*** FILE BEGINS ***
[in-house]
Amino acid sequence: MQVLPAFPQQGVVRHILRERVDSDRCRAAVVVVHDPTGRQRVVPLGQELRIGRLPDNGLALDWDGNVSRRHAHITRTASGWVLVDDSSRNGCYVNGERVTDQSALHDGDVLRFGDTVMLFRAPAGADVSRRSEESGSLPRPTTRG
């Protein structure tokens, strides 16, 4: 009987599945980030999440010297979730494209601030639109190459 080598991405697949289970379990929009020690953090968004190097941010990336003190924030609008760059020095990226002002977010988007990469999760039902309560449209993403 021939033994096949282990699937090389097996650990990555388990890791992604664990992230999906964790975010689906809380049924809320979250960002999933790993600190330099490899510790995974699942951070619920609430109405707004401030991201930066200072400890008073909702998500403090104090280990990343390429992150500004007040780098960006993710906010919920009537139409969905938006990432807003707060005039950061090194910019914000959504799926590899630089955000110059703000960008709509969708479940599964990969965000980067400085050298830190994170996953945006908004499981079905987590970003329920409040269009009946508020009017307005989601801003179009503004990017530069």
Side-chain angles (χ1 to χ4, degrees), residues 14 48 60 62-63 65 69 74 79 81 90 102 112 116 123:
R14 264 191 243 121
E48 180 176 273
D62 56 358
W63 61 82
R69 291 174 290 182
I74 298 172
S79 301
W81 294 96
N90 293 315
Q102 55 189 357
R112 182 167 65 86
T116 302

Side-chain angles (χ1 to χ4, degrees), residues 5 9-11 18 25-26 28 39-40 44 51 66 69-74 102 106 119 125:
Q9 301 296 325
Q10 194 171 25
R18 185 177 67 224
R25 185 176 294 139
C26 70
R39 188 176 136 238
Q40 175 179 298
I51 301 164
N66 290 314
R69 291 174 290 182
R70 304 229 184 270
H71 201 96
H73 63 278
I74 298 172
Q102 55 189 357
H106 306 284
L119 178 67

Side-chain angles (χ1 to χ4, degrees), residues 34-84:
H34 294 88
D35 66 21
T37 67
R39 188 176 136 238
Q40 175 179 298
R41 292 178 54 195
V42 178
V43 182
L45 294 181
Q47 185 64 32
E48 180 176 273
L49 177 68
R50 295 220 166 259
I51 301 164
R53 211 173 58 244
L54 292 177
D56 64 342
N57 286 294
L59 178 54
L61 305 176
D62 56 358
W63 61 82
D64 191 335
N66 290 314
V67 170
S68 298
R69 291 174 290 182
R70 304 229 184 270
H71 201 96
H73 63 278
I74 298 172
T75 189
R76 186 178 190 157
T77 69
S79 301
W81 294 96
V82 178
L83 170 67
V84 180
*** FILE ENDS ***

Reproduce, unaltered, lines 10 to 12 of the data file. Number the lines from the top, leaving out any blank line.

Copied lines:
I74 298 172
S79 301
W81 294 96